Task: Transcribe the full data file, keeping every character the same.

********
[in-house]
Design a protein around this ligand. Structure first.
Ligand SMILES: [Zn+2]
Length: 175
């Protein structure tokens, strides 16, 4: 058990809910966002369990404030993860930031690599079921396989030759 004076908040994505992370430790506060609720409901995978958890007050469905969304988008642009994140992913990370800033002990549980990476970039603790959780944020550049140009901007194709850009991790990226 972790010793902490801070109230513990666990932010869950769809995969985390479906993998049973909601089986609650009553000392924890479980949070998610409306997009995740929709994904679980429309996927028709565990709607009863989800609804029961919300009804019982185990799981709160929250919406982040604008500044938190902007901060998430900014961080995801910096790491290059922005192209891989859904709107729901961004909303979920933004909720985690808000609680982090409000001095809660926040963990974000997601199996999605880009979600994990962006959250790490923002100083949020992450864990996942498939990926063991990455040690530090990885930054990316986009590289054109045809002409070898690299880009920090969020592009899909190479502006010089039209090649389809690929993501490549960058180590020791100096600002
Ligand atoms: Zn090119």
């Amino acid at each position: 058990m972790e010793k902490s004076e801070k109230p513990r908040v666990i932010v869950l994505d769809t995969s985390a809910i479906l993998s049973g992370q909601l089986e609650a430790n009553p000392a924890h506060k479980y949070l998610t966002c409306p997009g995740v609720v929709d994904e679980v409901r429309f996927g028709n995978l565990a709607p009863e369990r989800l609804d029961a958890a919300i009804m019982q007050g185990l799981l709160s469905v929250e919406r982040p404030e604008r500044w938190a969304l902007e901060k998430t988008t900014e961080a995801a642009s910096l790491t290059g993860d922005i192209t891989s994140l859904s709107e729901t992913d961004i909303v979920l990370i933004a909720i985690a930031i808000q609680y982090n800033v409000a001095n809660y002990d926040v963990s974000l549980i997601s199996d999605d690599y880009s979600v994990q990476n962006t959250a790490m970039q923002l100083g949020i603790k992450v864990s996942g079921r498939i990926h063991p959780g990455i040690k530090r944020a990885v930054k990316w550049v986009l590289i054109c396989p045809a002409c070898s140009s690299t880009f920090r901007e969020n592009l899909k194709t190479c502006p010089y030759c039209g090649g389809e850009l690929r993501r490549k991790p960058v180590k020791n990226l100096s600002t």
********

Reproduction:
[in-house]
Design a protein around this ligand. Structure first.
Ligand SMILES: [Zn+2]
Length: 175
């Protein structure tokens, strides 16, 4: 058990809910966002369990404030993860930031690599079921396989030759 004076908040994505992370430790506060609720409901995978958890007050469905969304988008642009994140992913990370800033002990549980990476970039603790959780944020550049140009901007194709850009991790990226 972790010793902490801070109230513990666990932010869950769809995969985390479906993998049973909601089986609650009553000392924890479980949070998610409306997009995740929709994904679980429309996927028709565990709607009863989800609804029961919300009804019982185990799981709160929250919406982040604008500044938190902007901060998430900014961080995801910096790491290059922005192209891989859904709107729901961004909303979920933004909720985690808000609680982090409000001095809660926040963990974000997601199996999605880009979600994990962006959250790490923002100083949020992450864990996942498939990926063991990455040690530090990885930054990316986009590289054109045809002409070898690299880009920090969020592009899909190479502006010089039209090649389809690929993501490549960058180590020791100096600002
Ligand atoms: Zn090119």
């Amino acid at each position: 058990m972790e010793k902490s004076e801070k109230p513990r908040v666990i932010v869950l994505d769809t995969s985390a809910i479906l993998s049973g992370q909601l089986e609650a430790n009553p000392a924890h506060k479980y949070l998610t966002c409306p997009g995740v609720v929709d994904e679980v409901r429309f996927g028709n995978l565990a709607p009863e369990r989800l609804d029961a958890a919300i009804m019982q007050g185990l799981l709160s469905v929250e919406r982040p404030e604008r500044w938190a969304l902007e901060k998430t988008t900014e961080a995801a642009s910096l790491t290059g993860d922005i192209t891989s994140l859904s709107e729901t992913d961004i909303v979920l990370i933004a909720i985690a930031i808000q609680y982090n800033v409000a001095n809660y002990d926040v963990s974000l549980i997601s199996d999605d690599y880009s979600v994990q990476n962006t959250a790490m970039q923002l100083g949020i603790k992450v864990s996942g079921r498939i990926h063991p959780g990455i040690k530090r944020a990885v930054k990316w550049v986009l590289i054109c396989p045809a002409c070898s140009s690299t880009f920090r901007e969020n592009l899909k194709t190479c502006p010089y030759c039209g090649g389809e850009l690929r993501r490549k991790p960058v180590k020791n990226l100096s600002t």